The weak-copyleft (LGPLv2/3) licenses would have overcome the above (or something like MySQLs FOSS exception could have as well.) They would still apply to the libraries themselves, though. So if your use case required you to modify the way internal workings of the library functioned, but needed that to be proprietary, the door was closed to you.
Which left the two major non-copyleft licenses on the table: Modified 3-Clause BSD and Apache v2. In order to understand why we didn’t use the BSD license, we need to expand the definition of “anyone can use it” a little further by allowing it to also mean “lowering the barriers to adoption”.
For many companies, choosing whether or not to use a piece of Open Source software hinges on factors that don’t normally come up in the lives of every day open source developers. Three large ones are:
While the 3-Clause BSD license allows you to do pretty much anything you want with the code in question, it provides no direct language around these areas. The Apache License, on the other hand, does. It makes very clear that individual contributors grant copyright license to anyone who receives the code, that their contribution is free from patent encumbrances (and if it is not, that they license that patent to anyone who receives the code,) and that use of Trademarks extends only as far as is necessary to use the product. It also includes a patent termination clause, should a lawsuit arise.
One impact of these additional clauses in the Apache license is that, when you receive a copy of Chef from Opscode, you know that all those bases have been covered. Concerned about patent liability? It’s in the license. Want to know how you can use our trademarks? It’s in the license. These protections are central to why we require CLA’s and CCLA’s, which I’ll jump into after we talk about…
Equal and Open Community
This is the biggest reason we chose the Apache license, and why we respect the goals of the Apache Foundation so highly. We truly believe that our software is made better, every day, by every person who runs it, files tickets about it, or patches it. The value of those contributions is huge – each one is given freely, in service and respect to the other members of that community. Opscode is a part of that community and a sponsor of that community – but we aren’t any more important than anyone else.
Opscode employees get paid to write Chef – every time a company like Sonian contributes, or an individual like Matthew Kent makes a difference, they are putting significant quantities of their time and money into the project. In return they deserve the respect and status equal to their commitment. One way we show that respect is by not restricting their use of Chef.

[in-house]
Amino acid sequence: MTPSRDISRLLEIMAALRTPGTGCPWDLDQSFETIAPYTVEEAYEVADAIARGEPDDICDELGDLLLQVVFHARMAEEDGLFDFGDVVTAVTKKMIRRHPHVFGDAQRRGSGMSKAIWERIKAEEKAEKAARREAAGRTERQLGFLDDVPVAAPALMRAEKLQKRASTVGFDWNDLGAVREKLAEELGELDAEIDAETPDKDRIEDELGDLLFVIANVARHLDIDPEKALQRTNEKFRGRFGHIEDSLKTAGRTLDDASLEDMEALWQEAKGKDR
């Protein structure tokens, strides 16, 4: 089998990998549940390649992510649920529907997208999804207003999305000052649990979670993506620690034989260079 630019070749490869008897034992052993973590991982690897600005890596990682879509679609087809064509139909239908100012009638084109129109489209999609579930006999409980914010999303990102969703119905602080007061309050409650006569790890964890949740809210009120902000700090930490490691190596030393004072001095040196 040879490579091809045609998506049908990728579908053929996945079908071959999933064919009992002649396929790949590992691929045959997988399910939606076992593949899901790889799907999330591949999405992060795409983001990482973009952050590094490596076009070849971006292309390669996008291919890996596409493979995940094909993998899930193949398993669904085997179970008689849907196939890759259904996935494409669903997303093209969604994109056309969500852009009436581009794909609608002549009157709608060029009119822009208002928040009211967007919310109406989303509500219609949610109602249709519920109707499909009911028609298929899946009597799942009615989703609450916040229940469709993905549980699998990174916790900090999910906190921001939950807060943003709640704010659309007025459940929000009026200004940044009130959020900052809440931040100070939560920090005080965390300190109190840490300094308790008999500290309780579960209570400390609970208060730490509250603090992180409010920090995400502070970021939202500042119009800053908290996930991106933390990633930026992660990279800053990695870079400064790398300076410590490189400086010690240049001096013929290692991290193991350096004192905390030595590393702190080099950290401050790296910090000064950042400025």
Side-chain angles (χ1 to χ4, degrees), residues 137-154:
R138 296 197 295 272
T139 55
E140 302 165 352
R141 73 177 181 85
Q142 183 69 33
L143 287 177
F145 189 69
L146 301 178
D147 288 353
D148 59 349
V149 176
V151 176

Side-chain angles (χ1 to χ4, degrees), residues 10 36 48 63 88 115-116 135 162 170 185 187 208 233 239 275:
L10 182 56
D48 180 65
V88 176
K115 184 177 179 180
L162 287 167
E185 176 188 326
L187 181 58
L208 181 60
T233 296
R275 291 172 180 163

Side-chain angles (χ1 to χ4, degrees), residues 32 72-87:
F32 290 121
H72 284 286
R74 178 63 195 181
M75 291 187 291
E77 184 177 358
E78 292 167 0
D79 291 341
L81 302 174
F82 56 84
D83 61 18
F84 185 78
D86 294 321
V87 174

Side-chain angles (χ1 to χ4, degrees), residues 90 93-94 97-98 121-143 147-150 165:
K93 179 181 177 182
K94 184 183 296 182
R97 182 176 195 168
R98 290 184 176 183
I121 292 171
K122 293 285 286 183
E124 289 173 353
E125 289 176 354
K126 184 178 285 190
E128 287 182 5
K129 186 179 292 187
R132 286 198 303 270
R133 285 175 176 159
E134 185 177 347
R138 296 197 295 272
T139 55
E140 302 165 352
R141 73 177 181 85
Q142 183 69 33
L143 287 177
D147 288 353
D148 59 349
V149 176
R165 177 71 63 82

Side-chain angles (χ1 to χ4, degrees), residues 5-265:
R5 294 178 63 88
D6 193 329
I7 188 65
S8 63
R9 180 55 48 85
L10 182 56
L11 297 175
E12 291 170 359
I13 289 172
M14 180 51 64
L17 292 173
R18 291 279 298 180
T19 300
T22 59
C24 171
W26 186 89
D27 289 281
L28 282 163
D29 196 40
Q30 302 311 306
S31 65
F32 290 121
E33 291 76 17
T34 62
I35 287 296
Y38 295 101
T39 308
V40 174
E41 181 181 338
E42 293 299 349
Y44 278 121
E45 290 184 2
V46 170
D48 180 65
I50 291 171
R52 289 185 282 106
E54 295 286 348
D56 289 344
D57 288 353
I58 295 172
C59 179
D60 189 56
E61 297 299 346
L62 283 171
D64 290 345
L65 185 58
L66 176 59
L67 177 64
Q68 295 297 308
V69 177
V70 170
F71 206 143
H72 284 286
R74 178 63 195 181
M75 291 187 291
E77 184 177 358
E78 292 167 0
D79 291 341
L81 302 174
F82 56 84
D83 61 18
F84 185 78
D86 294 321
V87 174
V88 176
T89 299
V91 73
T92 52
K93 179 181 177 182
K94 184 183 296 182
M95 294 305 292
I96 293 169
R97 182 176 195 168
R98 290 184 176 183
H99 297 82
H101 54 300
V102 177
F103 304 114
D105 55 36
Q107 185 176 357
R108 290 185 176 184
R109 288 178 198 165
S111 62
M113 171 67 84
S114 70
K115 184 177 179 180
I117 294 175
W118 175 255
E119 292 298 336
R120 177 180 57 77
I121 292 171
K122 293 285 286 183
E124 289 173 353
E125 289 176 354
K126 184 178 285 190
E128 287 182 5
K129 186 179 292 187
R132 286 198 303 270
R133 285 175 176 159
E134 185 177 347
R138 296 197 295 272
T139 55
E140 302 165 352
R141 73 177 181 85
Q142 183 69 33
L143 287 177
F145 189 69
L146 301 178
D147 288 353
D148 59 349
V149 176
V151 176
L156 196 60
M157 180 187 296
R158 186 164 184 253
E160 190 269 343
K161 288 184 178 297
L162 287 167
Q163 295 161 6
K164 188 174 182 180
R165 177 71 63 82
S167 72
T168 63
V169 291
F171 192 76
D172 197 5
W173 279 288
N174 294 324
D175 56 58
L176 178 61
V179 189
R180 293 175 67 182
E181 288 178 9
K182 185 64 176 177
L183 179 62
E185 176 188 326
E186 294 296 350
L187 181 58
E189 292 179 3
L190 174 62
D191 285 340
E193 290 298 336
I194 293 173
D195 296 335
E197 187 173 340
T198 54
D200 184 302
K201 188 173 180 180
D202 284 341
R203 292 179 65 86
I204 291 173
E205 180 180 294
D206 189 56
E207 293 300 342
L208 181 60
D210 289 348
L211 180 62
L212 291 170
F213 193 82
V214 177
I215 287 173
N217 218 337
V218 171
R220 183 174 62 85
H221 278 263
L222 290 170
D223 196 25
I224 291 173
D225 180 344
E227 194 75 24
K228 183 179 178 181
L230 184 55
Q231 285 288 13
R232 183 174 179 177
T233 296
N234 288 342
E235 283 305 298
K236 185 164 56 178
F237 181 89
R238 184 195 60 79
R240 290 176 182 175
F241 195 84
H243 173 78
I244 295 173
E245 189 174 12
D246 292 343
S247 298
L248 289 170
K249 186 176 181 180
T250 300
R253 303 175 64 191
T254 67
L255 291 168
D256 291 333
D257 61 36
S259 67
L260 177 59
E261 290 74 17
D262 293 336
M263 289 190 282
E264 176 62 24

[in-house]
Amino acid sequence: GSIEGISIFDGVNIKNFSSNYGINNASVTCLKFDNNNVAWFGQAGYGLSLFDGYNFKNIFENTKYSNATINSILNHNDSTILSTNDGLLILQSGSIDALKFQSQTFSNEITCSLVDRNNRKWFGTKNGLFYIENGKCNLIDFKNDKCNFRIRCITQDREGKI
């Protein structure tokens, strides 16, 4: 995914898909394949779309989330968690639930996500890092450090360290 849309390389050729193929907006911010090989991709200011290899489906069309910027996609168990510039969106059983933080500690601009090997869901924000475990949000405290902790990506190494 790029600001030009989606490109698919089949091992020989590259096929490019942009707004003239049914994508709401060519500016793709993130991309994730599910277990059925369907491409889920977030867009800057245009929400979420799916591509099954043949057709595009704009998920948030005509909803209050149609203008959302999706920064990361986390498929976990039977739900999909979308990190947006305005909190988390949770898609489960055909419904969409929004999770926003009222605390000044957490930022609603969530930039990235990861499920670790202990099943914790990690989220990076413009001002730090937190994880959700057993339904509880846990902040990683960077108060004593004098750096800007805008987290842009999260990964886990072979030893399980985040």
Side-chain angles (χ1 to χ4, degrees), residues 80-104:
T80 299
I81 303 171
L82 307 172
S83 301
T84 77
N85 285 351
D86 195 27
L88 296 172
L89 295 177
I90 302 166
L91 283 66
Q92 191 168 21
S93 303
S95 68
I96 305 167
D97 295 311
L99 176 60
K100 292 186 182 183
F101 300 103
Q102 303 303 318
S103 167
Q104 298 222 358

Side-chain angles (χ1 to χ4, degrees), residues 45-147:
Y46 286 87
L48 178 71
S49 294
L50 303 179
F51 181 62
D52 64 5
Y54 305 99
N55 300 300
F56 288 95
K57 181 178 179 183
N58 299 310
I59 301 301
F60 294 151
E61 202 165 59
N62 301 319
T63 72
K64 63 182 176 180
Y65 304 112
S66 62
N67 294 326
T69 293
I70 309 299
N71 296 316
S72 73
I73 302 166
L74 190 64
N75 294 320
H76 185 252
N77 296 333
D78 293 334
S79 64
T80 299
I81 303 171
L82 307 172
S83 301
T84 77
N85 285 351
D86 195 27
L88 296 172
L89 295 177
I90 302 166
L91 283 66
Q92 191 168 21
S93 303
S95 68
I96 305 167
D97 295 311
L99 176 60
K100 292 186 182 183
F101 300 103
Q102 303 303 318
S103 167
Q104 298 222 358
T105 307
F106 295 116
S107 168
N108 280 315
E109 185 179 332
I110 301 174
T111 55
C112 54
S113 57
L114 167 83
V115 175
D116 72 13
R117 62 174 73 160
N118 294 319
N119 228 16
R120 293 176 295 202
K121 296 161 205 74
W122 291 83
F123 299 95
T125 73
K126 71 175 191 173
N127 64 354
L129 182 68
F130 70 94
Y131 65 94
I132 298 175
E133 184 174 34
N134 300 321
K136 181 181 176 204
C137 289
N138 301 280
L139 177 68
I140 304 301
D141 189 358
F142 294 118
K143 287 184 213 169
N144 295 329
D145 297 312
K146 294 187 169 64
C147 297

Why the CLA and CCLA are important
The Apache License already includes language around Copyright, Trademarks, and Patents. The addition of the CLA and CCLA makes each individual (or corporate) contributor explicitly state that they grant Copyright and Patent license, that all contributions are given voluntarily, that you are not expected to provide support for your contributions, and more. It adds the final layer of security to everyone who uses Chef – every single line has been covered, every contribution has been vetted, and each individual and corporation freely enters into the agreement.
What it doesn’t do is assign copyright to Opscode – we think that doing so would set us apart from our community in an inappropriate way. This is one of the more nuanced aspects of the CLA – when you sign it, and then give your contributions to Opscode, you are enabling us to bundle and re-distribute your work for you. If there should ever arise a legal issue regarding the project, it is the presence of these CLAs that help Opscode to defend it on your behalf.
The requirement for the CLA is for everyone’s protection – end users can be sure that the code is free from legal entanglements, developers can be certain their rights are explicit, and companies can be assured that by using the software they don’t expose themselves to any additional legal risk.
Why don’t more projects require them?
Many projects do require CLAs, or something similar. Many FOSS projects are simply started by an individual, published, and maintained – they never intend or need to grow into a larger community. As they grow, and projects become more popular, almost everyone winds up having to come to some conclusion about copyright licensing or assignment – even if their answer is “do nothing and live with the ambiguity”.
Faxing things is no fun
We agree. We’re talking with our lawyers about what the requirements are for gathering a legally binding CLA/CCLA, and how we can streamline the process. When we have definitive answers to those questions, trust us: we’ll be making the process easier. On the bright side, you only have to send it to us once for every project we publish.
If you have any questions about why we chose the Apache License, or why we require CLAs, you can always drop us an email – firstname.lastname@example.org.